Illinois MFA Identity
University of Illinois Master of Fine Arts Identity
I was asked by the University of Illinois (Urbana / Champaign) School of Art + Design to develop an identity system for the Master of Fine Arts program and the 2018 MFA Exhibition. Our process yielded a modular graphic system that affords endless variability in how the institution expresses itself and showcases its students' work across every medium. The deliverables are distributed world-wide to other institutions, prospective faculty + students, and creative professionals.
Client: University of Illinois College of Fine + Applied Arts
Creative Direction, Design: JP Ramirez
Printing: Premier, Classic Color
The University of Illinois School of Art + Design offers a world-class Masters of Fine Arts Program gives its students an unprecedented learning experience. Each student has the ability to make themselves into the artist, designer, or title they want to be using all of the resources at hand. The vision for this identity quite literally builds itself off of this premise. The resources the program provides are interpreted as visual building blocks, and the way the students uniquely use those resources is interpreted as a modular approach to the program's identity and design layouts. No two experiences are the same—and by design, neither are the pieces in the branding system.
A custom typeface was created for the identity system. It bases itself off of hyper-simple shapes that can be interpreted as the resources offered by the University of Illinois Art + Design MFA program. I imagined asking a group of students, "how would each letter be created and standardized with as few shapes as possible?" Perhaps the shapes could be bent, cut, adhered, etc. This inquiry yielded a cohesive set of letters to serve as the foundational building blocks for the design system. In editorial contexts, the custom typeface also functions as drop capitol letters, which are then placed along the modular grid around content.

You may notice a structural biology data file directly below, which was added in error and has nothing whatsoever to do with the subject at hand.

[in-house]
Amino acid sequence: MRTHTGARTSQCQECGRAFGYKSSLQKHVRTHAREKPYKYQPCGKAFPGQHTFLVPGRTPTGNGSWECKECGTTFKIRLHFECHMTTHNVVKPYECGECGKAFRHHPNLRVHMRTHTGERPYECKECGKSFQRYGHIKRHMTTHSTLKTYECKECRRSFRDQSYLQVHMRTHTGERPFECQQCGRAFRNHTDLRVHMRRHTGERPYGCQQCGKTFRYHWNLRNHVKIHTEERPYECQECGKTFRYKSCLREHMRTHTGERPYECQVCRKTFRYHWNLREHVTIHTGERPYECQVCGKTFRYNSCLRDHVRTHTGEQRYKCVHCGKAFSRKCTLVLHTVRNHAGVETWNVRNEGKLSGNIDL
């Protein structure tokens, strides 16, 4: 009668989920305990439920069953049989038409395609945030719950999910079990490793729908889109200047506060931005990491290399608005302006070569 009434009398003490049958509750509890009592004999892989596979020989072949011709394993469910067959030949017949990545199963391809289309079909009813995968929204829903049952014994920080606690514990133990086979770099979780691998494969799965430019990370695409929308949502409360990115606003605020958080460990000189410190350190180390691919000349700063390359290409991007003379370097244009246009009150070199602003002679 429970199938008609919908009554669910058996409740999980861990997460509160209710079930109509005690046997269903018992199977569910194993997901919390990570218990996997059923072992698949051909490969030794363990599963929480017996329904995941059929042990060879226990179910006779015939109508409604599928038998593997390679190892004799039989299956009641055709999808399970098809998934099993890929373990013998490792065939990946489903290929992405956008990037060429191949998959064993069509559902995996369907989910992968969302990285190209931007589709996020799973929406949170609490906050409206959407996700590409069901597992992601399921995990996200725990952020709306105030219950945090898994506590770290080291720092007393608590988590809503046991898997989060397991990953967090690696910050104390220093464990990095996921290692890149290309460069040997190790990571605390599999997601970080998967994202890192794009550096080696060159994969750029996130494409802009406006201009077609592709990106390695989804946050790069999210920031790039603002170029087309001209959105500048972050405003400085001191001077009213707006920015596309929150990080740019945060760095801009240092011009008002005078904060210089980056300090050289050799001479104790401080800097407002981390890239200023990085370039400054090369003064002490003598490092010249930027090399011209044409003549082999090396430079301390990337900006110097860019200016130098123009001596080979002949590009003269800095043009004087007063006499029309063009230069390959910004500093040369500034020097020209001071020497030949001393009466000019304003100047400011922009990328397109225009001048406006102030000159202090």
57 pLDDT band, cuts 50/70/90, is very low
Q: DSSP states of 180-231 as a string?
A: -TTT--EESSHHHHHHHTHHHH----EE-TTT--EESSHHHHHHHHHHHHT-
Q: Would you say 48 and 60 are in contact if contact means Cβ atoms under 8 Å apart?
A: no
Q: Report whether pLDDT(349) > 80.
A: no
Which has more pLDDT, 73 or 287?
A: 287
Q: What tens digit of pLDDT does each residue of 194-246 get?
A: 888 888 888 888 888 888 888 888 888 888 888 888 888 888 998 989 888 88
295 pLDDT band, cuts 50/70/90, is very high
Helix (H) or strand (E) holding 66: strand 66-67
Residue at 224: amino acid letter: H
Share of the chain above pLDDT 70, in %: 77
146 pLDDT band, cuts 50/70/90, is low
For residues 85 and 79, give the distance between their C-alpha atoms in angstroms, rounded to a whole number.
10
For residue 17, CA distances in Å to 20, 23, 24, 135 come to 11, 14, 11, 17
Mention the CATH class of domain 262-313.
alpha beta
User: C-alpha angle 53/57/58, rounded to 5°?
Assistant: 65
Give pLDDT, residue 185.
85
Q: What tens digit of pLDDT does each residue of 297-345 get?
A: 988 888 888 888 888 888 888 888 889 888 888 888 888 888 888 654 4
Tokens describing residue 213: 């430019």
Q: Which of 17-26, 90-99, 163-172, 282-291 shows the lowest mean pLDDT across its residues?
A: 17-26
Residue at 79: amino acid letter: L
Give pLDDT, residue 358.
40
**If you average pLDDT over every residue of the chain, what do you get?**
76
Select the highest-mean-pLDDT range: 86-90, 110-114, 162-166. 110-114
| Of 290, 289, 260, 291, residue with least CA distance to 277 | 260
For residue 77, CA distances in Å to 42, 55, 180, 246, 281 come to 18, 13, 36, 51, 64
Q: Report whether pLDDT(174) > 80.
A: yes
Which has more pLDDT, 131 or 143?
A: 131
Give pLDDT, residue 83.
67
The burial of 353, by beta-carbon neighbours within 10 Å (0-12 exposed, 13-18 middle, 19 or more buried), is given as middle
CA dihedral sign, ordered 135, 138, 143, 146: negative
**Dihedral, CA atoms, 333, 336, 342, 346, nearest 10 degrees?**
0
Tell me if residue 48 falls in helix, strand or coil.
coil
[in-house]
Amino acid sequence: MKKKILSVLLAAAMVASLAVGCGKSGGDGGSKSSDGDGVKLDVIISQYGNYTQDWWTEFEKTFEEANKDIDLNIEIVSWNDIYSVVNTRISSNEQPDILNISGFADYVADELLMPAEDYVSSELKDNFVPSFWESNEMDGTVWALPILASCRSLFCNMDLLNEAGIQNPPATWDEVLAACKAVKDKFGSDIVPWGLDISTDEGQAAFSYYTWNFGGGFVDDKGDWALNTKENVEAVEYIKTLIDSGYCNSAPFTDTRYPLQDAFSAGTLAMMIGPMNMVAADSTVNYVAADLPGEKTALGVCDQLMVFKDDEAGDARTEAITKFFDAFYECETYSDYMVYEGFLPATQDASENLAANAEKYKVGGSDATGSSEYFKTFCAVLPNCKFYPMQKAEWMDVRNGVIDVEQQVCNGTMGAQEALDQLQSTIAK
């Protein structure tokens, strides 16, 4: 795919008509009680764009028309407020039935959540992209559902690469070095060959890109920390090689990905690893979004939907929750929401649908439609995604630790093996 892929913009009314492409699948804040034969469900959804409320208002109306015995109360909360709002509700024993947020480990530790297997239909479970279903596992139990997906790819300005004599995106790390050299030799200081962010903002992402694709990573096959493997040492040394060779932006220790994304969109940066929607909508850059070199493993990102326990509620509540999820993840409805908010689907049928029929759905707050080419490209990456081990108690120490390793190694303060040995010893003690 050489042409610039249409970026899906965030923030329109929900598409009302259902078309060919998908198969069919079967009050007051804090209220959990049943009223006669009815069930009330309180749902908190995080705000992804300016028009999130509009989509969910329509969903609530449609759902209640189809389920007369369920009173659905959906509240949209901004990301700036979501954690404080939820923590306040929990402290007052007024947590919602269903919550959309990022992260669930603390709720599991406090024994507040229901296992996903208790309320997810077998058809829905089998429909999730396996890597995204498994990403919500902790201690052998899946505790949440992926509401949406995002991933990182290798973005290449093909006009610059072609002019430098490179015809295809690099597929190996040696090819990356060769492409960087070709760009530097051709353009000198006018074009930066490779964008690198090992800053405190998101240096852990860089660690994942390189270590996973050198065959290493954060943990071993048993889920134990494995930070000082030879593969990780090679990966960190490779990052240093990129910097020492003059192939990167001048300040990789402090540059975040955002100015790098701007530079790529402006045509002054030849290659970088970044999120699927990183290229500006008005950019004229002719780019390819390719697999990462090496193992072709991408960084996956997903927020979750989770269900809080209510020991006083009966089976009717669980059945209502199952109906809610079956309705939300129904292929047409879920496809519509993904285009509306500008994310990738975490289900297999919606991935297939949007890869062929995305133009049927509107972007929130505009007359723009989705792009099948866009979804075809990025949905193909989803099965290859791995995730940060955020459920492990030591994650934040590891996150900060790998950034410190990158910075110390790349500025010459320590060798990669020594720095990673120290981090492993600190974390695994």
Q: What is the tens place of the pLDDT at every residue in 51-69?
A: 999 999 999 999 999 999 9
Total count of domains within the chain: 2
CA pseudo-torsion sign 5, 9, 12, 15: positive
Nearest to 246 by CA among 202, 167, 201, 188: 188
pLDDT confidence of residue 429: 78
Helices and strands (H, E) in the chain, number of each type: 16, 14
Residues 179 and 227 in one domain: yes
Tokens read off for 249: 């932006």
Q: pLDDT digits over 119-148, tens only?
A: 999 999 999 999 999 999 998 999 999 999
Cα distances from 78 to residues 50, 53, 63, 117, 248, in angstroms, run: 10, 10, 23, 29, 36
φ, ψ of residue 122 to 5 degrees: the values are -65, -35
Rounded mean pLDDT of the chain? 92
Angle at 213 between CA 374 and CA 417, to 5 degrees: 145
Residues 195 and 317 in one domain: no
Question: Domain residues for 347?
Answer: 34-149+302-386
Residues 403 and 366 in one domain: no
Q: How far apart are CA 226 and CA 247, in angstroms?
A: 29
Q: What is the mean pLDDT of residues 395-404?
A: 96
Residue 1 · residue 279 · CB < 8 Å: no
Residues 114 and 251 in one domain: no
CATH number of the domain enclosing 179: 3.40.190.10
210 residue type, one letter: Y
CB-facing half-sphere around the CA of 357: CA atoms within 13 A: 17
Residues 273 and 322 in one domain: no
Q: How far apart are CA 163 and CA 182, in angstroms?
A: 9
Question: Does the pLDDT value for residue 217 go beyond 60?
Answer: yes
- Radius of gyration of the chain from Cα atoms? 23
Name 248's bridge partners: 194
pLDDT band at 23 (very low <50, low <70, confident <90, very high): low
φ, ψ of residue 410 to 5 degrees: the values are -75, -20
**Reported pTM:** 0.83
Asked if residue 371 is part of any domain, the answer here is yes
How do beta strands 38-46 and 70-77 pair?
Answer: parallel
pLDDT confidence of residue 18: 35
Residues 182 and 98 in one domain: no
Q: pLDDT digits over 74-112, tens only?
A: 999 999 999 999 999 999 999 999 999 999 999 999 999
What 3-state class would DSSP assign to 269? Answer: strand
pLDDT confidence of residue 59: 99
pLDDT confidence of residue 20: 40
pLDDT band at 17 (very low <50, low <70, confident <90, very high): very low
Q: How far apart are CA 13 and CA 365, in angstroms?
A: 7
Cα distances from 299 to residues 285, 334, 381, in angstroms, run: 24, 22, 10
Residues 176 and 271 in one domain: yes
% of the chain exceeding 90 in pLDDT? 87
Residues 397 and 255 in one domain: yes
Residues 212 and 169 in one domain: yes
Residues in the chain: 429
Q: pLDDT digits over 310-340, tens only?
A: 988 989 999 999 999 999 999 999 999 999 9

Modular Grid System
A modular grid system was a necessity to the project, in that the institution needed the ability to showcase student work. Strategically, the design system is a means to the student's works' end, and accordingly the system should respond to—and respect—the work. Given this premise, a variable modular grid was developed that divides the dimensions of the given medium into columns and rows that create square cells. The letter-shapes of the system can arrange themselves, in any way afforded by the grid, to minimize intrusion into important points to the student work.
A playful, primary palette felt appropriate based on the program ideas of experimentation and foundational building blocks. A spectrum of colors was pulled from existing student work, allowing for at least one swatch that could contrast, recede, or harmonize over any image, depending on intent.